Happy-go-lucky Labrador Duncan was feeling very under the weather when we saw him, having been repeatedly sick for three days. We could feel a swelling in his abdomen but couldn’t tell from palpation or radiography whether this was a foreign body lodged in his guts or something more sinister. It was agreed that Duncan needed surgery – an exploratory laparotomy – for us to be able to identify the cause of his sickness.
Surgery confirmed a large, solid mass on Duncan’s spleen requiring a splenectomy (complete removal of the spleen). The spleen is a blood storage organ fed by many large blood vessels so meticulous attention is required to ensure all of these vessels are ‘tied off’ before the spleen can be removed to prevent internal bleeding.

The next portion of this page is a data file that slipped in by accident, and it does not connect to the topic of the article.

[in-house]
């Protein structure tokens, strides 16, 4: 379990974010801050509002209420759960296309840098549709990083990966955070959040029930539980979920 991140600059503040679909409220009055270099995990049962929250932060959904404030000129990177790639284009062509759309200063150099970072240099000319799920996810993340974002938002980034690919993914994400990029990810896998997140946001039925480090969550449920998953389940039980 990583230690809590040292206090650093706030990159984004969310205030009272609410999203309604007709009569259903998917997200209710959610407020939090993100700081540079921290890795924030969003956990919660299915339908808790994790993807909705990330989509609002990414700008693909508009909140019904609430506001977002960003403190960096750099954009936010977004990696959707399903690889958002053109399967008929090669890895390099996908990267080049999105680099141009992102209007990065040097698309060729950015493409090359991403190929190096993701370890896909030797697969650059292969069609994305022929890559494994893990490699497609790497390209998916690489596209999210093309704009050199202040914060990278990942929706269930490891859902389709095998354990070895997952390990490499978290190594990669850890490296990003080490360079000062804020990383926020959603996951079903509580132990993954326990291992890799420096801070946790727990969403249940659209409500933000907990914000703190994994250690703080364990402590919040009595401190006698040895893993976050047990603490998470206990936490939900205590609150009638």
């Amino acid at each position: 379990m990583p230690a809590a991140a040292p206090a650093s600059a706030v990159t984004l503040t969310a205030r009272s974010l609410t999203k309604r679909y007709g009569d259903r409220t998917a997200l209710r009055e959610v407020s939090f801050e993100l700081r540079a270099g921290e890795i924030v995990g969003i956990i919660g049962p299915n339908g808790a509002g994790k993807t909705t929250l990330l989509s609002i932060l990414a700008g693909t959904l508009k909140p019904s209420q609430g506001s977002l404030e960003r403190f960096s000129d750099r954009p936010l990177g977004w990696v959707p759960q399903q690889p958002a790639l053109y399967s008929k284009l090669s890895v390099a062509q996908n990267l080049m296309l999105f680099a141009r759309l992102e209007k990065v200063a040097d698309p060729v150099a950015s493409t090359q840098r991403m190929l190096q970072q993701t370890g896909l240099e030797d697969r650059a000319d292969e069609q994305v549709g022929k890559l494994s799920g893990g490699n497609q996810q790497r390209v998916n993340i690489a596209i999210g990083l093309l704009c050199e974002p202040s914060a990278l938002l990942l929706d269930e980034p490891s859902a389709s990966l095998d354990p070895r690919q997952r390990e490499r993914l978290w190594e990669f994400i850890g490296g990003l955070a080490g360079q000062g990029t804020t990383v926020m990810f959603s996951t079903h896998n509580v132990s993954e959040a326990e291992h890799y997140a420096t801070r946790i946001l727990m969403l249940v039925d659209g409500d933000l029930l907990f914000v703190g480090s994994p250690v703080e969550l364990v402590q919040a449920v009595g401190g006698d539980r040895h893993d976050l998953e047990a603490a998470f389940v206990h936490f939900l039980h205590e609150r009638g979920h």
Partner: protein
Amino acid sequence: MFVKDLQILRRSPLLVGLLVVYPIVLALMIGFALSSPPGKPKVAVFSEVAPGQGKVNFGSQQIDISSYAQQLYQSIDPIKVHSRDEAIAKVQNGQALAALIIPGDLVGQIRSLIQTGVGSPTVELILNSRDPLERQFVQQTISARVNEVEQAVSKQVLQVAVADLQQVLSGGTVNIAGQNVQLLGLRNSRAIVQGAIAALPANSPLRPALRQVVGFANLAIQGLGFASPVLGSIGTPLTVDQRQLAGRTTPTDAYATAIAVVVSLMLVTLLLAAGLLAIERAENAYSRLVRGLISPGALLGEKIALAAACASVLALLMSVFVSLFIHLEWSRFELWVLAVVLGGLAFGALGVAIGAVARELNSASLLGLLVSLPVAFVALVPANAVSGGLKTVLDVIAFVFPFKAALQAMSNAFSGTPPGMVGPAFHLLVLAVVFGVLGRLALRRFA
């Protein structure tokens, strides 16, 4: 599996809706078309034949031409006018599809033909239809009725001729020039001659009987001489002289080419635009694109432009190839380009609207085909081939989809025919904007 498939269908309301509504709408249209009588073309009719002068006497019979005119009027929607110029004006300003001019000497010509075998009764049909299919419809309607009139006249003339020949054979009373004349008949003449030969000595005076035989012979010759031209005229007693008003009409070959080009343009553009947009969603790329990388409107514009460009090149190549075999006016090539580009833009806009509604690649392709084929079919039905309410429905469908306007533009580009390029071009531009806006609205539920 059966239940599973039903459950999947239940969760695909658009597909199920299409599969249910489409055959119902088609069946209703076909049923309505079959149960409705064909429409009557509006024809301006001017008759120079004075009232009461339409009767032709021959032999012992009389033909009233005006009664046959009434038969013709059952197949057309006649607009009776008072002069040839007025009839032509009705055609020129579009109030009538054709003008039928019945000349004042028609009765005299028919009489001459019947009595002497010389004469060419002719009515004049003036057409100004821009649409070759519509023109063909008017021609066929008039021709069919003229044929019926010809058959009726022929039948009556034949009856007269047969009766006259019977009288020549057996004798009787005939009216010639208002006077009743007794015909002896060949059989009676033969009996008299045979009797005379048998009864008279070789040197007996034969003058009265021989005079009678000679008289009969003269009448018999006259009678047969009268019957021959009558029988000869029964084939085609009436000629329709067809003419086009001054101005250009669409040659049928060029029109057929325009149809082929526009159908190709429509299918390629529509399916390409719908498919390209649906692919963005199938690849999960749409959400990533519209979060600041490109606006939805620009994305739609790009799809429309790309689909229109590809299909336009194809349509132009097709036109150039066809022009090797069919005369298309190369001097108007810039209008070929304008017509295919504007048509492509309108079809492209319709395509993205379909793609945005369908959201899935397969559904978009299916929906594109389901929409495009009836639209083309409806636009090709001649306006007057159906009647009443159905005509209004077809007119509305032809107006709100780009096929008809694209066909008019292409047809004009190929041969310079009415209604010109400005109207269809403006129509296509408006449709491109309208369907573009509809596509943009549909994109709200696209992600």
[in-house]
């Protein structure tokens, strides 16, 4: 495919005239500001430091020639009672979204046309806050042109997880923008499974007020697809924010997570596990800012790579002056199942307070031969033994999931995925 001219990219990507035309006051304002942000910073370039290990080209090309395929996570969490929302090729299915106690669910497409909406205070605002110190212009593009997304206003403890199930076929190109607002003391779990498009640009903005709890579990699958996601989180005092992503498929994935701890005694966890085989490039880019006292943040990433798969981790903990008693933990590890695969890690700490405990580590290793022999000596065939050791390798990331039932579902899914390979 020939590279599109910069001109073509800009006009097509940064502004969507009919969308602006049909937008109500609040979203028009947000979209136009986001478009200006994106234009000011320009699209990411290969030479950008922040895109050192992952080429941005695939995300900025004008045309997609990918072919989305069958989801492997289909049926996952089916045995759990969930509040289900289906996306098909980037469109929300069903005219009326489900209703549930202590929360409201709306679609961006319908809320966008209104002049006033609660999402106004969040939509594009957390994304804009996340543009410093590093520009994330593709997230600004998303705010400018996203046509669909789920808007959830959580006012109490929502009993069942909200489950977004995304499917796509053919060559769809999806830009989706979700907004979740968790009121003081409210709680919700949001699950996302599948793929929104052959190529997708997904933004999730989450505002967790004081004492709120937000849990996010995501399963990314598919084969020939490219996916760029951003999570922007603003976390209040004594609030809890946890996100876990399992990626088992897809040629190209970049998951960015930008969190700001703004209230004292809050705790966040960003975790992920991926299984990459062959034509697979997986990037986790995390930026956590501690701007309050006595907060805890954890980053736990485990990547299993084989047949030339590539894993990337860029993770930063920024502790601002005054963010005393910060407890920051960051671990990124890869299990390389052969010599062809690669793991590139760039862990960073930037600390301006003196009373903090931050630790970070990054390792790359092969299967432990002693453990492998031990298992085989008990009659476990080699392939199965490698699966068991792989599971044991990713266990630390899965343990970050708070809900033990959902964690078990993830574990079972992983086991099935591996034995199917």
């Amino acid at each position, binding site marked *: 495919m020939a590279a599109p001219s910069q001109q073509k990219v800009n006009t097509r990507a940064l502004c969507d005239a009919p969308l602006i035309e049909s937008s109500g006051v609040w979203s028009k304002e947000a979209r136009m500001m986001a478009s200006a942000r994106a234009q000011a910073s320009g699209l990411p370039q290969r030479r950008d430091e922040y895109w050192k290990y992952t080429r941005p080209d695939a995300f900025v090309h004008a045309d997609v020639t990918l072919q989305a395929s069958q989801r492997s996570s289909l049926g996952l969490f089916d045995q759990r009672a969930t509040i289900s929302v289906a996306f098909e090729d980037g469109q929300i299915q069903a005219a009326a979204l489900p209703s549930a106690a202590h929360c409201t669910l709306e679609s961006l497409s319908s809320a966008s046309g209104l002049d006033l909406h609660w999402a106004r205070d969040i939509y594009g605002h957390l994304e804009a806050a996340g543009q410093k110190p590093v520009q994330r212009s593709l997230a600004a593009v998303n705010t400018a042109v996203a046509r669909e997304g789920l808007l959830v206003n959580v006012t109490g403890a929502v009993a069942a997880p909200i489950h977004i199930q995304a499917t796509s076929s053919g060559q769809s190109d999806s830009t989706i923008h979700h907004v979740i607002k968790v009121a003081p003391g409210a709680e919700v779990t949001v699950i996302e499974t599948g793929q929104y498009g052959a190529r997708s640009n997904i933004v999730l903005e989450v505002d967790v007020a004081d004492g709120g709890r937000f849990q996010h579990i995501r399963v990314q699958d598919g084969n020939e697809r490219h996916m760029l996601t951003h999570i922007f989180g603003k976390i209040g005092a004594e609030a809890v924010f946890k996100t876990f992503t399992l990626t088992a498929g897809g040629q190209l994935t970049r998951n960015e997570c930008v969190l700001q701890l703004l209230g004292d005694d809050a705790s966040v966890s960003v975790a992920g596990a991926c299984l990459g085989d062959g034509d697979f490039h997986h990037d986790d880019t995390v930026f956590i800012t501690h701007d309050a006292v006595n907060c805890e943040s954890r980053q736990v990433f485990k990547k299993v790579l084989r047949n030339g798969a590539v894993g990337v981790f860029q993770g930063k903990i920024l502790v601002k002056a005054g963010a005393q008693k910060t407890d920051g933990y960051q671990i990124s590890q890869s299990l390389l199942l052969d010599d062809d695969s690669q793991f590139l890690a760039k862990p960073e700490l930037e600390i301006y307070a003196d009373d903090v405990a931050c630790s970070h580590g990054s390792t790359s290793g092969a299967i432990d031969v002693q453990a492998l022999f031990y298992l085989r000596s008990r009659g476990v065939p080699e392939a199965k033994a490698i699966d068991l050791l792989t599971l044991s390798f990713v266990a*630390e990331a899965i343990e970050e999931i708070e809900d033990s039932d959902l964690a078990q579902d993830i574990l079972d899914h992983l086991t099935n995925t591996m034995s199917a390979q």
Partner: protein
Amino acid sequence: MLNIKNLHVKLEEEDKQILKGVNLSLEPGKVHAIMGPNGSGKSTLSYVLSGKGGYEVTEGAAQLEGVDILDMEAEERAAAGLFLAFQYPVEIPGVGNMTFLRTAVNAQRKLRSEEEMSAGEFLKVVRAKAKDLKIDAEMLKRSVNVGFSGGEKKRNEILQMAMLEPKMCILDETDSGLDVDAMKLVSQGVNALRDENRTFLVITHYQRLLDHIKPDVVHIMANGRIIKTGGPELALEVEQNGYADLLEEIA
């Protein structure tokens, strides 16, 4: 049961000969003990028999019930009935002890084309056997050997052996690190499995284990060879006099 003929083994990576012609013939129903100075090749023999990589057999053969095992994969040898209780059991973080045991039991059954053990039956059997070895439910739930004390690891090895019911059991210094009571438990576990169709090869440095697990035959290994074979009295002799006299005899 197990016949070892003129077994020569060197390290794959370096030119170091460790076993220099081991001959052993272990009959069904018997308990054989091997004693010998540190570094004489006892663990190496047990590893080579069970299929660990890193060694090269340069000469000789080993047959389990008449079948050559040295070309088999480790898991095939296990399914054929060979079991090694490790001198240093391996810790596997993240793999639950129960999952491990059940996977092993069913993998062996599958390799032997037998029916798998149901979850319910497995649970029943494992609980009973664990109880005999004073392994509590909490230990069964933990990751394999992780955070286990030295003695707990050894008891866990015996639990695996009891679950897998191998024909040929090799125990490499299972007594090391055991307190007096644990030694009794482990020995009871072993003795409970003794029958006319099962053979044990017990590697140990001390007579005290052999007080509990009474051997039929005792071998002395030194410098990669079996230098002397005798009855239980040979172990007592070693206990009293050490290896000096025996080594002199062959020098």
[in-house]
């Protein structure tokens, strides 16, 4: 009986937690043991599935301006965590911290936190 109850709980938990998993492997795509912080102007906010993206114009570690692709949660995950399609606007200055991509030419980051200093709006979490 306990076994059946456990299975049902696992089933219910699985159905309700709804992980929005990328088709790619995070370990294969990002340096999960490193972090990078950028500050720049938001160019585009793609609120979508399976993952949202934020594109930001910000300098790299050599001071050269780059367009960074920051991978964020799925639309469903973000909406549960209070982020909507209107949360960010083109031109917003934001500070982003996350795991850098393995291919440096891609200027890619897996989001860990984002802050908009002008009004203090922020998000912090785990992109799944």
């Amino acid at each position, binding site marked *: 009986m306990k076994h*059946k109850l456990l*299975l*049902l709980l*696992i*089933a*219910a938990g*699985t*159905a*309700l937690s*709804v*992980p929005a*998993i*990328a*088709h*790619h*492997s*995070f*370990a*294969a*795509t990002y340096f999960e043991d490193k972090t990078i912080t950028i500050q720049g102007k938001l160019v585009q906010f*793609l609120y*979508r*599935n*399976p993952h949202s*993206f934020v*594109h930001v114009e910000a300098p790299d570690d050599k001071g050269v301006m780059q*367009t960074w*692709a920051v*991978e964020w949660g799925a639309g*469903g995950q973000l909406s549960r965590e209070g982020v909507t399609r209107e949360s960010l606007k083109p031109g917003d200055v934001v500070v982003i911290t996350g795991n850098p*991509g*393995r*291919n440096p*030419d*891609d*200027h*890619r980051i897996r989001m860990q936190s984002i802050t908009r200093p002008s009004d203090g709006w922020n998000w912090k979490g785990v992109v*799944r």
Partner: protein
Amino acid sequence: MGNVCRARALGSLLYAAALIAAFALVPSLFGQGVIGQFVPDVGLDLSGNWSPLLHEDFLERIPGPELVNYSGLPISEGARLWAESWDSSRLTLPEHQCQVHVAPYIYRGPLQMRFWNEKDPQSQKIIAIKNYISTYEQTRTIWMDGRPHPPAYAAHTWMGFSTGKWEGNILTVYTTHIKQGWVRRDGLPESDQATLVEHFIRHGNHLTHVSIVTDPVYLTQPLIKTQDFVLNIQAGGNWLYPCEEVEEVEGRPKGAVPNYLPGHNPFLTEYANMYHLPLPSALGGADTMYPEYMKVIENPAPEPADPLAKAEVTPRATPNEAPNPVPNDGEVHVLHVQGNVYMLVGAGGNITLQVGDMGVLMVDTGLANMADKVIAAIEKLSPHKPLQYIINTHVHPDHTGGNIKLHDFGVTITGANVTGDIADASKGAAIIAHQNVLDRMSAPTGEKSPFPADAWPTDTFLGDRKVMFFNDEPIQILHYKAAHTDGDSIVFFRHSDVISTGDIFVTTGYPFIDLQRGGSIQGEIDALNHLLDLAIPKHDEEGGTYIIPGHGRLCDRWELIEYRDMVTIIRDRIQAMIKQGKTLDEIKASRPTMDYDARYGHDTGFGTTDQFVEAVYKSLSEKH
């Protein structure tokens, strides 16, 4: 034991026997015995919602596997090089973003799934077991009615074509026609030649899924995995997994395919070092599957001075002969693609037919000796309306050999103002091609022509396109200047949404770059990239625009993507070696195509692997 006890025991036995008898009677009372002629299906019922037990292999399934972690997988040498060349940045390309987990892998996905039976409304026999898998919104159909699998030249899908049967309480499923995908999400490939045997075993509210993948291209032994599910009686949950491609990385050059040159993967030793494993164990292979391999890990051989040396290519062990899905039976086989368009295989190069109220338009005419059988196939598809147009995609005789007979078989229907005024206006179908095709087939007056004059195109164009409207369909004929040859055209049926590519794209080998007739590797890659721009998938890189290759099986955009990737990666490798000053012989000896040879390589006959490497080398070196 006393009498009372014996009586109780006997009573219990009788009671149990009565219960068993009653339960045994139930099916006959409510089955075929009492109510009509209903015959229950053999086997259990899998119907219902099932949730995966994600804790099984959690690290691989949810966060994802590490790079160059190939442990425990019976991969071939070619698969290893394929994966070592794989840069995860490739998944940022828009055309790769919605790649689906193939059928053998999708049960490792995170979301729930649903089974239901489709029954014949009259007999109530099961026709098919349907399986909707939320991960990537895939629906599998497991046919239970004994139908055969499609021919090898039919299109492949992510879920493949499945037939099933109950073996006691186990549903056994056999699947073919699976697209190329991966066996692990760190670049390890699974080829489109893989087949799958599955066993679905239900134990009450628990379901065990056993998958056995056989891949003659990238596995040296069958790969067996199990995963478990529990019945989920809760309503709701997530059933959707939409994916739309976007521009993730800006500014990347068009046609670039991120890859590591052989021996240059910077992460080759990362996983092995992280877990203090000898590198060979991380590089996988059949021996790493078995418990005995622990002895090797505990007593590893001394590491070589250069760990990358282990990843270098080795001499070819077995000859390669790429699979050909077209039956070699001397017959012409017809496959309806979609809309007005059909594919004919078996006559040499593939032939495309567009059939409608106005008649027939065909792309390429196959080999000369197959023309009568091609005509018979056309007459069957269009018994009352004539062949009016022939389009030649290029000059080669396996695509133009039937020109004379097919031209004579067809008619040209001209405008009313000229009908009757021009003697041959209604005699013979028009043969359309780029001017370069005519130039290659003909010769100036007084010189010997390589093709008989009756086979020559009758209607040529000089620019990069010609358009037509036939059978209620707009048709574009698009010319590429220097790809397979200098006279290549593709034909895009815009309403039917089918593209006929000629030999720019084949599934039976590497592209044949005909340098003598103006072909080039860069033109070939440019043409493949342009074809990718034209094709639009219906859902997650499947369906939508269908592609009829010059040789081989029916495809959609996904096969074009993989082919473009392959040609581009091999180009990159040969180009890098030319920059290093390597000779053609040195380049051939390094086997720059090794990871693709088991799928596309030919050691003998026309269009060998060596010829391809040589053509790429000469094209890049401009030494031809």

Duncan’s spleen immediately after removal.
No other abnormalities were found in Duncan’s abdomen and he made a fantastic recovery after surgery – in fact his appetite returned almost as soon as he had woken up!
The spleen plays an important role in the body, storing and filtering blood as well as contributing to the immune system. However, as it is not essential for life, animals generally do very well after the spleen is removed.
Tumours arising in the spleen are not uncommon. Around 50% of splenic masses are malignant (cancerous) and carry a very poor prognosis because these tumours spread quickly, the spleen being part of the blood circulation system.
Thankfully Duncan’s tumour was benign (non cancerous) so he is completely cured and back to his bouncy self!
Duncan’s tumour is the large lump protruding from the spleen and measures over 10cm in diameter.